I am pleased to have the opportunity to make a statement on this important issue and I acknowledge the statements of both the Prime Minister and the Leader of the Opposition. I think everyone has appreciated the bipartisan way in which this parliament has acted.
Earlier this month I made another statement on Iraq in which I referenced some of the atrocities that have been occurring in that country, particularly the atrocities against women. I spoke about the fact that women are being kidnapped and transported to Syria to be sold into marriage. Since I made that statement we have learned a lot more about the horrific and systematic acts of gender-based violence that are being carried out as part of this conflict and being used as a strategy of war.
Last weekend Julia Baird wrote a feature in Fairfax about what she describes as an extensive and barbaric campaign of rape. She spoke about there being three rooms of horror in Mosul prison where 'clusters of women have been kept locked up and raped at will'. The United Nations estimates 1,500 women, teenage girls and boys have been captured by IS and some sold into slavery for as little as a reported $25, but numbers vary. The director of the human rights office in Iraq says that as many as 2,500 women were captured in north-eastern Iraq alone, almost half of whom were converted by force and then married.
The Daily Beast reports that some women entrapped in Mosul's Badush prison gave birth to newborns who were immediately snatched from them, others were bizarrely dolled up by local beauticians before being introduced to brand new husbands, and teenagers were being forced to marry strangers. IS has launched a blatant recruitment drive via social media to lure young and vulnerable women to leave their homes to wed violent terrorists. Baird reports:
Army chief Lieutenant-General David Morrison … is "disgusted" by the reports of sustained sexual violence. The ADF has already begun training its forces to be prepared to confront the aftermath of rape in wars —
the aftermath of these absolute atrocities.
I welcome the fact that, as well as the $5 million that the Australian government has donated for humanitarian assistance to Iraq, an additional $2 million is being donated specifically to support the hundreds of thousands of women and girls affected by violence in Iraq. The money will provide reproductive health care, including obstetric services for about 250,000 pregnant women in the region.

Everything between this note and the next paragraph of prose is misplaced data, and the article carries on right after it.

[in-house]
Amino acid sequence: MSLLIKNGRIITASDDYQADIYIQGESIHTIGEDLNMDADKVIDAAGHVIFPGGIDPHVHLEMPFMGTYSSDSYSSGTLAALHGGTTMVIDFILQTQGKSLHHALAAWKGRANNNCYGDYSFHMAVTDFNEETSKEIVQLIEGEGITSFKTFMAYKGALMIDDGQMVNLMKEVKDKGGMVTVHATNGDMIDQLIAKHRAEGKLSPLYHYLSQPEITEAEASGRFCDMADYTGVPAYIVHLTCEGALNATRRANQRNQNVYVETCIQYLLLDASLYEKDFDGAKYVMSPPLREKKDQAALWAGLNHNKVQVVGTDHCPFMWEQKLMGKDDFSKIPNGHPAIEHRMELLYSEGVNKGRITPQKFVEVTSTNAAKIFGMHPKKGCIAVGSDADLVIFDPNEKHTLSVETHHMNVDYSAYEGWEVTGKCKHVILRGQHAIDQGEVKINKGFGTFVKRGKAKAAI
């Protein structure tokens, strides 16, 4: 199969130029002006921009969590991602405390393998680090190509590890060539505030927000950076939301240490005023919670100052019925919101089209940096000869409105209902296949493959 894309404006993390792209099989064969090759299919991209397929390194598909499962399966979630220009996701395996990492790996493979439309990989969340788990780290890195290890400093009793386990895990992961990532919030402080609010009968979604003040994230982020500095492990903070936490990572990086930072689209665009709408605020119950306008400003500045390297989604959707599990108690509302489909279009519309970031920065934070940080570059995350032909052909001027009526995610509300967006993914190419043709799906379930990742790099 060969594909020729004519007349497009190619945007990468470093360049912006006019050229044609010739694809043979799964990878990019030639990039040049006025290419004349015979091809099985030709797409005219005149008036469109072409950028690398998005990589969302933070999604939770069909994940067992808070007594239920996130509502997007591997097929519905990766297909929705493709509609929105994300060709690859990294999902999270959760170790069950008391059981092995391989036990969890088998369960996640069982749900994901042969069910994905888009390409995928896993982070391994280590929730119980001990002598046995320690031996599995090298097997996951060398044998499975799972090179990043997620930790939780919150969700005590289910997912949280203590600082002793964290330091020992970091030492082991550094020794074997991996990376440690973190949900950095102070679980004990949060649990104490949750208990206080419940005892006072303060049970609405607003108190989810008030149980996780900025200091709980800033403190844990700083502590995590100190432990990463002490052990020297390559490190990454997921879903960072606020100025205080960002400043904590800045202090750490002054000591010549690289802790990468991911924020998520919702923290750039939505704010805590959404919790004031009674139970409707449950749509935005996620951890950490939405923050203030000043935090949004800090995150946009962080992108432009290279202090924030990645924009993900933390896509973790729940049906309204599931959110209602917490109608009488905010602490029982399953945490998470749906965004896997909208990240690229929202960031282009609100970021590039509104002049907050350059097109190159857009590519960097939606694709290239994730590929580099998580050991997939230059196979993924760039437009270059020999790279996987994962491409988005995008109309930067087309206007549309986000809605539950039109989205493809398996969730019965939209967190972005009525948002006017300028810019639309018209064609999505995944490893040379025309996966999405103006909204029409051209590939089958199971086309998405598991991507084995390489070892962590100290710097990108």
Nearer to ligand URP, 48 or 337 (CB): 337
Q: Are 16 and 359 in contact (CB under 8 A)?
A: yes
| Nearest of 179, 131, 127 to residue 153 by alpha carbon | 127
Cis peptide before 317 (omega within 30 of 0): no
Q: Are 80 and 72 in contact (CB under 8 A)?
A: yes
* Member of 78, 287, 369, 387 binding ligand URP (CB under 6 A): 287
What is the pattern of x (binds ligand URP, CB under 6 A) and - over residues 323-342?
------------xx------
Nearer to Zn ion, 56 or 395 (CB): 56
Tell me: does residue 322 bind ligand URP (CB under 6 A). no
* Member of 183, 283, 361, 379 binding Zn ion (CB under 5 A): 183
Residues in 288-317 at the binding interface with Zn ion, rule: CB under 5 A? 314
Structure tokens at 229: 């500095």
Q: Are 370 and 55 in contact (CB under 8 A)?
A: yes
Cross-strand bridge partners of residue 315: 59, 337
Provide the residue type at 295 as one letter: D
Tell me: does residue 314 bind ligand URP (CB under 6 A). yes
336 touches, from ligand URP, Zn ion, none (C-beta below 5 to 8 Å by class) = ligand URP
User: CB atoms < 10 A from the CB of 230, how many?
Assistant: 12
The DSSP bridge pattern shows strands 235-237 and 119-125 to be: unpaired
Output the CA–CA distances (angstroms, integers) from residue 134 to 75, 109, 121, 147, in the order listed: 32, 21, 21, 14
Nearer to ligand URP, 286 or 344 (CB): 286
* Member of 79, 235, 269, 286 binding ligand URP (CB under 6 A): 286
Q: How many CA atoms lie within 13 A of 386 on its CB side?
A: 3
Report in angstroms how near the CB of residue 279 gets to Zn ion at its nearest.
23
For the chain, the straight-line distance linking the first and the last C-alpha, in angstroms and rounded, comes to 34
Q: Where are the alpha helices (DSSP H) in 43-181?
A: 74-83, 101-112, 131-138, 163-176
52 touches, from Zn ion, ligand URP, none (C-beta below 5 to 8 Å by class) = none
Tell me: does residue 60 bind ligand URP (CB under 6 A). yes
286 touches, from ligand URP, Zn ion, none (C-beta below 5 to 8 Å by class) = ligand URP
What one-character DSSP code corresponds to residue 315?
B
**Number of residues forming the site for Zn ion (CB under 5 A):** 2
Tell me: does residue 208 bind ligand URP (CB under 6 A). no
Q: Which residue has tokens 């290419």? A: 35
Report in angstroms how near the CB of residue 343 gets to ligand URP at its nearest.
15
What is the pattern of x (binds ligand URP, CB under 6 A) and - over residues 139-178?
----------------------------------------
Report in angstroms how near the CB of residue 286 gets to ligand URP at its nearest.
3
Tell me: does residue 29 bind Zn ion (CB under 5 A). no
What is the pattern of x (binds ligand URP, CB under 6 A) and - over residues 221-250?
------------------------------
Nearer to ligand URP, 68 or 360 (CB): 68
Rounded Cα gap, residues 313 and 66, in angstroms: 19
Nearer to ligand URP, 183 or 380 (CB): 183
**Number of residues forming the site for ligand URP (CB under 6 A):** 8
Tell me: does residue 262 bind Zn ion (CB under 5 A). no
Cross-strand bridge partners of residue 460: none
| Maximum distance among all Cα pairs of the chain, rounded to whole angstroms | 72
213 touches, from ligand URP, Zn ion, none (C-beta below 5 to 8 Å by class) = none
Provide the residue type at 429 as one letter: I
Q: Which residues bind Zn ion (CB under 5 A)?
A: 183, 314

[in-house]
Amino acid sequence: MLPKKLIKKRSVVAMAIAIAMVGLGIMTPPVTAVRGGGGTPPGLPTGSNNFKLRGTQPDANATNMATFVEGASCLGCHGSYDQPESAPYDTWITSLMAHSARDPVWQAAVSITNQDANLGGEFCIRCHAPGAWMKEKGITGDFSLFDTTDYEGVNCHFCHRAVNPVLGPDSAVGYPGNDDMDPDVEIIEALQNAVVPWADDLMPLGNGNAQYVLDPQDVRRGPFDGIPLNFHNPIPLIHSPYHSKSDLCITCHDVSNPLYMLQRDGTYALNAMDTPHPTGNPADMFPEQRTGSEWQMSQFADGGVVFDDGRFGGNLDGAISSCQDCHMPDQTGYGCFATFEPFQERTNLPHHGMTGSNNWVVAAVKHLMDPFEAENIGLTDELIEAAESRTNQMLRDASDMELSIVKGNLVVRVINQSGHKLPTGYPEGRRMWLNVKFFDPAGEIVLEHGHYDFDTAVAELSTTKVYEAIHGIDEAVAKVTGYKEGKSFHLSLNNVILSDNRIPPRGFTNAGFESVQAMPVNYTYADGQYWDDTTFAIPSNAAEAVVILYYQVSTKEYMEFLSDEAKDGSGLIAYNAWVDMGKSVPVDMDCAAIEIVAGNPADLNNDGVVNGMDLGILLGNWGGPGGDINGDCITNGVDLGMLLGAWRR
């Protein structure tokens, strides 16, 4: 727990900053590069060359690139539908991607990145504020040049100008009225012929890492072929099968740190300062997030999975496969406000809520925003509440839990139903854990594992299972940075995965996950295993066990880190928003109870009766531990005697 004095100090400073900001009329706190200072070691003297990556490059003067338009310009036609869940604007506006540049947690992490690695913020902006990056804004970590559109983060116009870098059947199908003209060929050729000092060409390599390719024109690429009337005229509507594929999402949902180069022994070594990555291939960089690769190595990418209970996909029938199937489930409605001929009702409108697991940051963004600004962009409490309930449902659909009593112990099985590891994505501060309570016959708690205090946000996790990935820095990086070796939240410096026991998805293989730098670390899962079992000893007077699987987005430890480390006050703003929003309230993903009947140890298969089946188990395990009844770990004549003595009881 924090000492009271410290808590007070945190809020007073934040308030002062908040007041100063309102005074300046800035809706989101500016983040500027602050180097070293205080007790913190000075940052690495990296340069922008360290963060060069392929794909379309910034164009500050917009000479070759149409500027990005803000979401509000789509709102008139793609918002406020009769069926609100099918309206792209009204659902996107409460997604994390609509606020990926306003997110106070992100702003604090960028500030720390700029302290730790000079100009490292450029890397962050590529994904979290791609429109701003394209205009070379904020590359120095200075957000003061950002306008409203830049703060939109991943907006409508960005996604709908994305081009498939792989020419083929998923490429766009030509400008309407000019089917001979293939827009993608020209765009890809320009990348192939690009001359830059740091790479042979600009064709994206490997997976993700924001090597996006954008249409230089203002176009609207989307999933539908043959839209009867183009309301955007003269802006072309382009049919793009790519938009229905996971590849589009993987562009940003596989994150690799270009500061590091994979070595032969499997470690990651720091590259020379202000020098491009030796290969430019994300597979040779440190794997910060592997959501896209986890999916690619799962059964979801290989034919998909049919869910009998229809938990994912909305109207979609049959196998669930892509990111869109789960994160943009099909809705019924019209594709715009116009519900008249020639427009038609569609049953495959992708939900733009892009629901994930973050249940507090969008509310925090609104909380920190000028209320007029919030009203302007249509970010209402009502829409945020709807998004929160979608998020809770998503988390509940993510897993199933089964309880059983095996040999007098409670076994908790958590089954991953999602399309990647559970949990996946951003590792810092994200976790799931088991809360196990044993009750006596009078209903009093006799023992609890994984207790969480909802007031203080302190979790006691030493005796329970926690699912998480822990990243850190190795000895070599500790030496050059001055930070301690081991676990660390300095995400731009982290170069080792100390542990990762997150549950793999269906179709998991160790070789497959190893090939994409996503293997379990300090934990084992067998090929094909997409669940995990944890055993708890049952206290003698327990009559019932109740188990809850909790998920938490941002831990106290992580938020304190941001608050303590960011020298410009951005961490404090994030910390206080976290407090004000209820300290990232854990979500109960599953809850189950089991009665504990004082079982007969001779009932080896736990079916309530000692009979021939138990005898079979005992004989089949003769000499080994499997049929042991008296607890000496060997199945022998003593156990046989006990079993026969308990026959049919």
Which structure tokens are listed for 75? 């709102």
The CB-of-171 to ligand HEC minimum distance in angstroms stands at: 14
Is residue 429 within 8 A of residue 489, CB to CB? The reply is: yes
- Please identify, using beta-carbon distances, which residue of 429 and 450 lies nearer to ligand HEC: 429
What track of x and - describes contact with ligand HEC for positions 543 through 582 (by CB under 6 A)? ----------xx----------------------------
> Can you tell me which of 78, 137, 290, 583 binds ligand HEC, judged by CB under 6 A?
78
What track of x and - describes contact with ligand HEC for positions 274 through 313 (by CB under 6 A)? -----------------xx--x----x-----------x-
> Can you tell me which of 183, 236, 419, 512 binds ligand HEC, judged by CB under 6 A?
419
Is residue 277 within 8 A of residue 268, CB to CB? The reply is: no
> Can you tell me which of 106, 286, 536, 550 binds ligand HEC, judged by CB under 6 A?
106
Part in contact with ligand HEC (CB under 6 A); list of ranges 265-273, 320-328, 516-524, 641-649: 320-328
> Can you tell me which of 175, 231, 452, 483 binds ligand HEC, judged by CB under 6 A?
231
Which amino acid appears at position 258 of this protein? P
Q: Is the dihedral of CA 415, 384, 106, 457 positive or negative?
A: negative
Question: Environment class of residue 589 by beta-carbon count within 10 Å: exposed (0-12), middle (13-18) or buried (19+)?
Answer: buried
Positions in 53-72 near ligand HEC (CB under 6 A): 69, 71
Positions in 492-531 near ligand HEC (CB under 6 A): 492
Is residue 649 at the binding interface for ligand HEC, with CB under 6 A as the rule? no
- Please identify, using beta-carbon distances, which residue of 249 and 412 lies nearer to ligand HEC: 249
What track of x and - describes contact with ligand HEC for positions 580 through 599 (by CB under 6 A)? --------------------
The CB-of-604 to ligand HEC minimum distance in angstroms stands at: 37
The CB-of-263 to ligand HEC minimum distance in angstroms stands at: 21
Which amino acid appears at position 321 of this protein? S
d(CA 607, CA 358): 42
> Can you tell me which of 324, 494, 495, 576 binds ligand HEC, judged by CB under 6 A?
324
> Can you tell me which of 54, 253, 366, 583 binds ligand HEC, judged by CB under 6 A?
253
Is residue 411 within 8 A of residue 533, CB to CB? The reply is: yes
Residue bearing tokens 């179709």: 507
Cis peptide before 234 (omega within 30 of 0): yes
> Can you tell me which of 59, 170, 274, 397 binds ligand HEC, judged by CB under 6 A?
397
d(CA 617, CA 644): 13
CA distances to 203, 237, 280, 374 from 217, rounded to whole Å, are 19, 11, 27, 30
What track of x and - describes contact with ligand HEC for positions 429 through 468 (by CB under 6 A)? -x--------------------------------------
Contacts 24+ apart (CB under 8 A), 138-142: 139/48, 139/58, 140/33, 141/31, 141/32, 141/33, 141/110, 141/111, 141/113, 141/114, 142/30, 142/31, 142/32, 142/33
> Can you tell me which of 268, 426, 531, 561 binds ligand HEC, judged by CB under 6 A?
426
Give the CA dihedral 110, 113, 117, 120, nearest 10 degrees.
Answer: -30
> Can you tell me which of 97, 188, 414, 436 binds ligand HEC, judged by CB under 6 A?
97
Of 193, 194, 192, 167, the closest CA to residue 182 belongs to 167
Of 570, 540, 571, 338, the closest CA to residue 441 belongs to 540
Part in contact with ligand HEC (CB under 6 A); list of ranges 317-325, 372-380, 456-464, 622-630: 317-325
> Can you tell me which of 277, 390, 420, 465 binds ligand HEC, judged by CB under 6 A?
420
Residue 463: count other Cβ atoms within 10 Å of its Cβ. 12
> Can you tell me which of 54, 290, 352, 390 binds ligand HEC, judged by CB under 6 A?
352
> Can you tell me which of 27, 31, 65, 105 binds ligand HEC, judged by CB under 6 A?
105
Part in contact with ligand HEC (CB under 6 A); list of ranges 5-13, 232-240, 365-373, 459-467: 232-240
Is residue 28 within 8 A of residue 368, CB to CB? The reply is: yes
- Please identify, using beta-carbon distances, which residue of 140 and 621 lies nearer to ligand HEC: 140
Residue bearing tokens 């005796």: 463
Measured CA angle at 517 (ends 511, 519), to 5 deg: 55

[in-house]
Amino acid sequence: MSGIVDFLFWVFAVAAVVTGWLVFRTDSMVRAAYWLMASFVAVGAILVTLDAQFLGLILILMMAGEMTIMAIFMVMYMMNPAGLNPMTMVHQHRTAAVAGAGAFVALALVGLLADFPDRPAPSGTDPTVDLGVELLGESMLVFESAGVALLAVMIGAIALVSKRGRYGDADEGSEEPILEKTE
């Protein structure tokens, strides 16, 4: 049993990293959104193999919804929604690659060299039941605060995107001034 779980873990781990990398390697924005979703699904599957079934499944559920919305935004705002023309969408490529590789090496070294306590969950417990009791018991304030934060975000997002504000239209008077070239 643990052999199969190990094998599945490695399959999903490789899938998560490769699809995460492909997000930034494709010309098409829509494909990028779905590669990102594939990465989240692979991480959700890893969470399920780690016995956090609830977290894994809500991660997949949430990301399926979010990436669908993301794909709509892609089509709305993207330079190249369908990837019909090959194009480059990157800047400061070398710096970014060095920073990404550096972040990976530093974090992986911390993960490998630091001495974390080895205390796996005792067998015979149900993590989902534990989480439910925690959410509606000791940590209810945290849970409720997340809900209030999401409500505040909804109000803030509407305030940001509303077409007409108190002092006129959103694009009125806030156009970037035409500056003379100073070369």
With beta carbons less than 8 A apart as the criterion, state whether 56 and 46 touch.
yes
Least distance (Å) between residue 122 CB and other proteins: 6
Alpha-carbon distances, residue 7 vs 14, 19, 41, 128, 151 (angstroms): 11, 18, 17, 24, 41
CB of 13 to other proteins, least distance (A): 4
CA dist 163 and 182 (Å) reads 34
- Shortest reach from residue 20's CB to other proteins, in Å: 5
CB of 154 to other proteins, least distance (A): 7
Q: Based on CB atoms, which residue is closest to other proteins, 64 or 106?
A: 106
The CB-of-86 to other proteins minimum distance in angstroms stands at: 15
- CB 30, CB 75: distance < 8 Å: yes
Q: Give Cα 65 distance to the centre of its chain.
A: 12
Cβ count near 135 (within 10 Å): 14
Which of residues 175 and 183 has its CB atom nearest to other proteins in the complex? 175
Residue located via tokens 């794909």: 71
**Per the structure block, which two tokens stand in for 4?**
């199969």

I would also like to take this opportunity to remind my colleagues that, when it comes to conflict, we have the responsibility not only to protect women by preventing gender-based violence but also to ensure that women are involved in peace building at the highest level at every step of the way. These responsibilities are outlined in the United Nations Security Council resolution 1325, which addresses the impact of war on women and women's contributions to preventing conflict and promoting sustainable peace.
I was incredibly proud to be part of the government in 2012 when Australia adopted our own National Action Plan on Women, Peace and Security, establishing a framework for a coordinated whole-of-government approach to implementing UNSCR 1325. The experiences of men and woman in war are different. In these differences, women offer a vital perspective in the analysis of conflict as well as providing strategies towards peace building that focus on creating ties across opposing factions and increasing the inclusiveness, transparency and sustainability of peace processes. The intrinsic role of women in peace and security is often unrecognised or is an afterthought. I have spoken to women in Afghanistan who said that they have had to fight to be at the table when it comes to establishing and rebuilding peace in their country. In their words, they have had to fight to ensure that women are around the table, not on the menu.
Anwarul Chowdhury, former president of the UN Security Council, said:
… there has been an impression of women as helpless victims of wars and conflicts. Women’s role in fostering peace in their communities and beyond has often been overlooked.